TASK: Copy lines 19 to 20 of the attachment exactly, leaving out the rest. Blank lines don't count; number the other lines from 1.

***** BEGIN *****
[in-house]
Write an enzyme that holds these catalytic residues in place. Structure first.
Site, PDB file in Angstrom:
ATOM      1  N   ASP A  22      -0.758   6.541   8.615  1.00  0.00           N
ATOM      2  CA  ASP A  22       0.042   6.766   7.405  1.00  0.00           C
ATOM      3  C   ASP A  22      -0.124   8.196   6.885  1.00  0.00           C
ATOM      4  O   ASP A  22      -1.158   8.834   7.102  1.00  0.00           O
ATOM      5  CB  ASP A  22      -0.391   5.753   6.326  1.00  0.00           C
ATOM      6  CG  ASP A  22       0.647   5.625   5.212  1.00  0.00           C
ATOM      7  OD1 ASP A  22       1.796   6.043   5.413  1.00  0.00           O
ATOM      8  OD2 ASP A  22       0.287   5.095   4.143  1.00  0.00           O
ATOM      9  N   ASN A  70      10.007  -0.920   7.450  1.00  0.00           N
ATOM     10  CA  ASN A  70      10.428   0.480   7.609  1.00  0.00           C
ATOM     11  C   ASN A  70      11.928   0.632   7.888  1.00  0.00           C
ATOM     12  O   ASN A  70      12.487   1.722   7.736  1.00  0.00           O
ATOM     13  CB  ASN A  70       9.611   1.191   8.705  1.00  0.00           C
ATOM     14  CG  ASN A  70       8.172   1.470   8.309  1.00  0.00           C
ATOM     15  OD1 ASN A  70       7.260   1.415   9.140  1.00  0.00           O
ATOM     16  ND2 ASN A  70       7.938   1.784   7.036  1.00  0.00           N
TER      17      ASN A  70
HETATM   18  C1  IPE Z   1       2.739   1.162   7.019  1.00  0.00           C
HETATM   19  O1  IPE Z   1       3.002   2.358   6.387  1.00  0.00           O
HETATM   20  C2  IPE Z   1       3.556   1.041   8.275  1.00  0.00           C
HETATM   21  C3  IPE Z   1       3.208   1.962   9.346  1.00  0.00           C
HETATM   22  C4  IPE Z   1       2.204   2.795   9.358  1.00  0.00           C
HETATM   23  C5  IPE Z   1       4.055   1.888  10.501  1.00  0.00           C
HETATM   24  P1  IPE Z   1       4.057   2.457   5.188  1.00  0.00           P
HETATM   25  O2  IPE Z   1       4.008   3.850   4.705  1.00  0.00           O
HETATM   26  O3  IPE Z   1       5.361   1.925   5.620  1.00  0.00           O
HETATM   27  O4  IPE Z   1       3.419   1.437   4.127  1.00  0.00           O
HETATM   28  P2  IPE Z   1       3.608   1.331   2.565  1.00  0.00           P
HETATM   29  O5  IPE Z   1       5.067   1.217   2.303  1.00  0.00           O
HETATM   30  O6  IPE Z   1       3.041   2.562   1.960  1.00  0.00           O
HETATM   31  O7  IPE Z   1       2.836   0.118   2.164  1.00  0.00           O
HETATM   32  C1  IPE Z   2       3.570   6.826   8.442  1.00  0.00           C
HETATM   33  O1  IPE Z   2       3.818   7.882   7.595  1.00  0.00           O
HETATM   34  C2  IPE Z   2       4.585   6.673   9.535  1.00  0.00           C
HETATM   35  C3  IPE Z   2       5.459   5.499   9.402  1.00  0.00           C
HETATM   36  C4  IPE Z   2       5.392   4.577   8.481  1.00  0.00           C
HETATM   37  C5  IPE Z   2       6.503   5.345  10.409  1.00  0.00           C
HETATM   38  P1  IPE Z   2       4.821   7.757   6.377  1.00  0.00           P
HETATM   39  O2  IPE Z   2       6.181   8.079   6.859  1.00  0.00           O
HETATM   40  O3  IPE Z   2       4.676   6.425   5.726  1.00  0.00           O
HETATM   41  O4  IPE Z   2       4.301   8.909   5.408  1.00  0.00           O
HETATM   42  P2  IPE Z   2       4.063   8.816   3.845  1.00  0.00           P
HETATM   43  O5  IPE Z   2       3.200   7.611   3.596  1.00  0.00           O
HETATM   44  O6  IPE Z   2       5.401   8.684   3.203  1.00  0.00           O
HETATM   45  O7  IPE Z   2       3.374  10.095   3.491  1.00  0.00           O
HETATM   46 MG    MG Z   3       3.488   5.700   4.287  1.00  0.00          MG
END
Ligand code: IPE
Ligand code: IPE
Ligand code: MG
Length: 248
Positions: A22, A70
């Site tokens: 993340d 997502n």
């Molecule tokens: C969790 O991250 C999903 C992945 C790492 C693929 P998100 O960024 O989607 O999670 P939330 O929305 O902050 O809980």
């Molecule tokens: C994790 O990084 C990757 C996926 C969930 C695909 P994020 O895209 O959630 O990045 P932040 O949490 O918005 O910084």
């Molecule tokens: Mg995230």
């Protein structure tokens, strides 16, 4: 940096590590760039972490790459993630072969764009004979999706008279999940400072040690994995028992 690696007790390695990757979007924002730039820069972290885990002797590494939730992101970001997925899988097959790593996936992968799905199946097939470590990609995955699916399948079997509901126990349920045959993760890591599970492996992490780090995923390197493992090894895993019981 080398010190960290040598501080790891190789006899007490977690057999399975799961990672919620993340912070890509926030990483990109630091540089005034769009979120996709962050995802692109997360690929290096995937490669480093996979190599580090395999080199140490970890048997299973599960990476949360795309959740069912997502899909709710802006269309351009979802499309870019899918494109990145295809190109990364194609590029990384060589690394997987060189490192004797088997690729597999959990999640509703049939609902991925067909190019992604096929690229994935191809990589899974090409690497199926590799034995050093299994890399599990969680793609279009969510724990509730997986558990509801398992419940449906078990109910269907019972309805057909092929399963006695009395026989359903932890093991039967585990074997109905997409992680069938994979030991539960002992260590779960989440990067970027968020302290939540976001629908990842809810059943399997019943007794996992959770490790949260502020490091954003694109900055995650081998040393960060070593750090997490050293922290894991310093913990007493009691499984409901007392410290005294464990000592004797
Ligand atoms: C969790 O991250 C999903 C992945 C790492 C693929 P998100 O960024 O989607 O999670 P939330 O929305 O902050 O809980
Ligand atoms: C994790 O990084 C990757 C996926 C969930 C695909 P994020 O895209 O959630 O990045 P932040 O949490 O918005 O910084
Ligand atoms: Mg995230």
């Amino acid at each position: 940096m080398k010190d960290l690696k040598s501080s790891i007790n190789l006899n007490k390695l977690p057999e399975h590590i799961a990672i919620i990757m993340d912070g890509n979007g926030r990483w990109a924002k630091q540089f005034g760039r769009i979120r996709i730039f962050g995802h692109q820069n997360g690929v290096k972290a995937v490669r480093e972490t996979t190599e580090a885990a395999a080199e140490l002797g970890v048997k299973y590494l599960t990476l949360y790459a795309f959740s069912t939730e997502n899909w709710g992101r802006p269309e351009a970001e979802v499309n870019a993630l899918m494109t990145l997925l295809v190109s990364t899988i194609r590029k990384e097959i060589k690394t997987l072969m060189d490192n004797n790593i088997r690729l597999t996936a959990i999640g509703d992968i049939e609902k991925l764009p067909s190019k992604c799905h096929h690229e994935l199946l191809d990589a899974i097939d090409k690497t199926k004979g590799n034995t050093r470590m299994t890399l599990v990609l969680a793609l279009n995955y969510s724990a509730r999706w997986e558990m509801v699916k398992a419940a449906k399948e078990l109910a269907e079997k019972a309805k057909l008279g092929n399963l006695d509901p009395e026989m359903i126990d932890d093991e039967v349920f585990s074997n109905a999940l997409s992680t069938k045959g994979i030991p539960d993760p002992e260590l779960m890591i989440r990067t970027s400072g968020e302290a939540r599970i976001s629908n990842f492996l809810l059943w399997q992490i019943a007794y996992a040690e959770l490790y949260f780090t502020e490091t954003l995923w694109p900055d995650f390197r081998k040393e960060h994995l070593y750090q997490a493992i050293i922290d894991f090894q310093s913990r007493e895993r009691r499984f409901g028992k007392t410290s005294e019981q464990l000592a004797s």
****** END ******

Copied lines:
ATOM     16  ND2 ASN A  70       7.938   1.784   7.036  1.00  0.00           N
TER      17      ASN A  70